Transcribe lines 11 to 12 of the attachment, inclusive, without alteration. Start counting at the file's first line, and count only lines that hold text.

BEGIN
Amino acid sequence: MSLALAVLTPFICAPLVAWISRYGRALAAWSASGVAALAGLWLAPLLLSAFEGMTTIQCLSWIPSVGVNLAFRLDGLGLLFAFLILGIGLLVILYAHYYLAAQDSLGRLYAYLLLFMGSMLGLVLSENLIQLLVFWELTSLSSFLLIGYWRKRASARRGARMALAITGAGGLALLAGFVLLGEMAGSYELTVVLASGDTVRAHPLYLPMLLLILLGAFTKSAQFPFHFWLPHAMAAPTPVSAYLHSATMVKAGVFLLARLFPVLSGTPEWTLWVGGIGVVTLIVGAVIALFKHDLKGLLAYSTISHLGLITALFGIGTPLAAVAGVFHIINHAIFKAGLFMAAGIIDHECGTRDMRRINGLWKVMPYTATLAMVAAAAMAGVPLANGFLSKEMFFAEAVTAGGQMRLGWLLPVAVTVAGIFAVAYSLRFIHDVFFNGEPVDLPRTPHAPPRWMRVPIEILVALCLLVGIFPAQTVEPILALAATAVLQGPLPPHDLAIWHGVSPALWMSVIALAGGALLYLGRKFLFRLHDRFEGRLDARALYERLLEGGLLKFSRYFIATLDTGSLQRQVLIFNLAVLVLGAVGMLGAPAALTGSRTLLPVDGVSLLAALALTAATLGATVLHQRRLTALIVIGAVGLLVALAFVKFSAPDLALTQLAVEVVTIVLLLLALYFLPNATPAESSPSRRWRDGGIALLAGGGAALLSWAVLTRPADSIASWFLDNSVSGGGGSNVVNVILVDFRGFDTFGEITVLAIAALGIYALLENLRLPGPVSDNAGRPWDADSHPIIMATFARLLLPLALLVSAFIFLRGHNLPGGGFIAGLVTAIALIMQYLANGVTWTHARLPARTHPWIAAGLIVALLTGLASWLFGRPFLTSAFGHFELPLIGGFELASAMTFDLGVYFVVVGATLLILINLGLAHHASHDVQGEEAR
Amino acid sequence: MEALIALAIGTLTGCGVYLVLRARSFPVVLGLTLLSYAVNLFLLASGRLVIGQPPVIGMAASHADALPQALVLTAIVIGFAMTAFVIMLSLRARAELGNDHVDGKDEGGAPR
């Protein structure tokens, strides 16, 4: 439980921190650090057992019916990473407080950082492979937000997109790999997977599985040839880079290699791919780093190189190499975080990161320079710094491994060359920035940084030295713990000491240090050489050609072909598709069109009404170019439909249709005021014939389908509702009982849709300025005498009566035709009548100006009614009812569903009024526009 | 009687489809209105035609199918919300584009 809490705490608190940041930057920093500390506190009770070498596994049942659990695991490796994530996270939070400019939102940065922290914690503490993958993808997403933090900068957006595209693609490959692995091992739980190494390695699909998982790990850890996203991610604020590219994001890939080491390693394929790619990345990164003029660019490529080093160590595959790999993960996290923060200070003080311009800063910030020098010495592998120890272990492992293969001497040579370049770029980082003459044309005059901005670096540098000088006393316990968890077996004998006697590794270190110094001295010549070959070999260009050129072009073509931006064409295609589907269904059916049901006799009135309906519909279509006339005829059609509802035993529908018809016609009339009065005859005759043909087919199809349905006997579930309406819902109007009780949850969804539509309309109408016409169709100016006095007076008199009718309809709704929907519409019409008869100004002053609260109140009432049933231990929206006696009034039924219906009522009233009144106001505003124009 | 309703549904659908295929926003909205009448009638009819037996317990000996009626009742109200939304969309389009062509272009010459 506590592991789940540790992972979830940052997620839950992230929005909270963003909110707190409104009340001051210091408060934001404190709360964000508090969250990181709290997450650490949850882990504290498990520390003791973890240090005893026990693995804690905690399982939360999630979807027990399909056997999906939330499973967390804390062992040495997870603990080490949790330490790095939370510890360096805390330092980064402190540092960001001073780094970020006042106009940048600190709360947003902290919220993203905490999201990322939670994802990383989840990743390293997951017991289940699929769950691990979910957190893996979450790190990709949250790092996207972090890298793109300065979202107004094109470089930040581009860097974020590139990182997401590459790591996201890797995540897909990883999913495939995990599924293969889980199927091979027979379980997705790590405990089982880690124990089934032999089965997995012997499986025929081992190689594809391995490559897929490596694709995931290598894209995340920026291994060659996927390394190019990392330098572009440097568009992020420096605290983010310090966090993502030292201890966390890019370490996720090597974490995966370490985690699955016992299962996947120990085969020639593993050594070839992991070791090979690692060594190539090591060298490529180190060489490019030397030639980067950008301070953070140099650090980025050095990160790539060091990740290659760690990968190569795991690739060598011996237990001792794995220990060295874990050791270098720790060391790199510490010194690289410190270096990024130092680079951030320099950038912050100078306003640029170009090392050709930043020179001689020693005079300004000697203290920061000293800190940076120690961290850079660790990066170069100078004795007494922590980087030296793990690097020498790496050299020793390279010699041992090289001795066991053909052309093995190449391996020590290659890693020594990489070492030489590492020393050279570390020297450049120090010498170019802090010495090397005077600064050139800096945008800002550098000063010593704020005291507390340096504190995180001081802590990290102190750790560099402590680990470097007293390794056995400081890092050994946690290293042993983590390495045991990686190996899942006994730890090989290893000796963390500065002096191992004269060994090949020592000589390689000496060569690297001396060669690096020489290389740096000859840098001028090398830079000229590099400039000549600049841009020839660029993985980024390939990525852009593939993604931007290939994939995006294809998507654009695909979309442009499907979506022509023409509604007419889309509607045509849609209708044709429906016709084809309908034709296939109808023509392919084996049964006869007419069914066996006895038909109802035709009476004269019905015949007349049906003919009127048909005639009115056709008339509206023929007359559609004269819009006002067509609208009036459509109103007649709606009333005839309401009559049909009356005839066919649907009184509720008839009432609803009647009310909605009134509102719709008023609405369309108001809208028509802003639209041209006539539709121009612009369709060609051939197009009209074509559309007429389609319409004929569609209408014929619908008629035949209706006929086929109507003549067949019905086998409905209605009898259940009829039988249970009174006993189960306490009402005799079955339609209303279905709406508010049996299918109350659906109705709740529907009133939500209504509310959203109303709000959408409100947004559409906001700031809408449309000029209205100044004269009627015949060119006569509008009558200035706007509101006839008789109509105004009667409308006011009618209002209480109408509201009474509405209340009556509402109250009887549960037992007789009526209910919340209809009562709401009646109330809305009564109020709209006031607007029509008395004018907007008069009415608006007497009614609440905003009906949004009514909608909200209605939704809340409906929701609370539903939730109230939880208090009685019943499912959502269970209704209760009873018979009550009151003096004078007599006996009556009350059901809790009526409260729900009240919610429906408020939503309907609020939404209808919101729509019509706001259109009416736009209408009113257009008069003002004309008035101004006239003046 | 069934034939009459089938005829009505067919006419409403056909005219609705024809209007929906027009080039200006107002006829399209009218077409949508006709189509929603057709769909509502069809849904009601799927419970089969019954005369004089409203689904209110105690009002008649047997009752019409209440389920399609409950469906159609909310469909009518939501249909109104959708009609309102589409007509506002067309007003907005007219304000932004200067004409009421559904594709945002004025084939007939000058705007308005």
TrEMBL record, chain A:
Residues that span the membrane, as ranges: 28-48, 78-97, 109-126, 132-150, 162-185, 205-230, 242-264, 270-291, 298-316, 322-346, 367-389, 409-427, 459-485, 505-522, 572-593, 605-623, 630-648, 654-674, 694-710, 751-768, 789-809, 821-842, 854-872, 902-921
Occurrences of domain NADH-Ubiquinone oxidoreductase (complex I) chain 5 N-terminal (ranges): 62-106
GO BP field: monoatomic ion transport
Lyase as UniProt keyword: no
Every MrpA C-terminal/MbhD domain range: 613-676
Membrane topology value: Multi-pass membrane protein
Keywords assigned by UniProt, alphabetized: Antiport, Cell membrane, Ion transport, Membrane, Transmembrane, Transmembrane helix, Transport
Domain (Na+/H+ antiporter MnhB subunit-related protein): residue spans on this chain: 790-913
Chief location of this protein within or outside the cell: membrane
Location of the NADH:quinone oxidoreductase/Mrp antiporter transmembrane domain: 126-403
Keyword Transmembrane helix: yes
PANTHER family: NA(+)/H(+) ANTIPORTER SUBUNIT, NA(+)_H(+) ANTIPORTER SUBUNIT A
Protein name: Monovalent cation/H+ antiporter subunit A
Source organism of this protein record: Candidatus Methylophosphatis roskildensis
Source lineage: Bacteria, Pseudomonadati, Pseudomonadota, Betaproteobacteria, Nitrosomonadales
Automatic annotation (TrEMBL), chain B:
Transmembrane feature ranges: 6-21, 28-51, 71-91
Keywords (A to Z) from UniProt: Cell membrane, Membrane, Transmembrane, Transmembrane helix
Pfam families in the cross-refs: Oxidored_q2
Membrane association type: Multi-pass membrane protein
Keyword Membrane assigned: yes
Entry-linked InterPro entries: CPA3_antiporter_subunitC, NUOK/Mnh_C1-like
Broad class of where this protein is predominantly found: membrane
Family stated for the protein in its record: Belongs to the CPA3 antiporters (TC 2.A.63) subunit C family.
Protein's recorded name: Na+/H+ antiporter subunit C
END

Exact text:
Keywords assigned by UniProt, alphabetized: Antiport, Cell membrane, Ion transport, Membrane, Transmembrane, Transmembrane helix, Transport
Domain (Na+/H+ antiporter MnhB subunit-related protein): residue spans on this chain: 790-913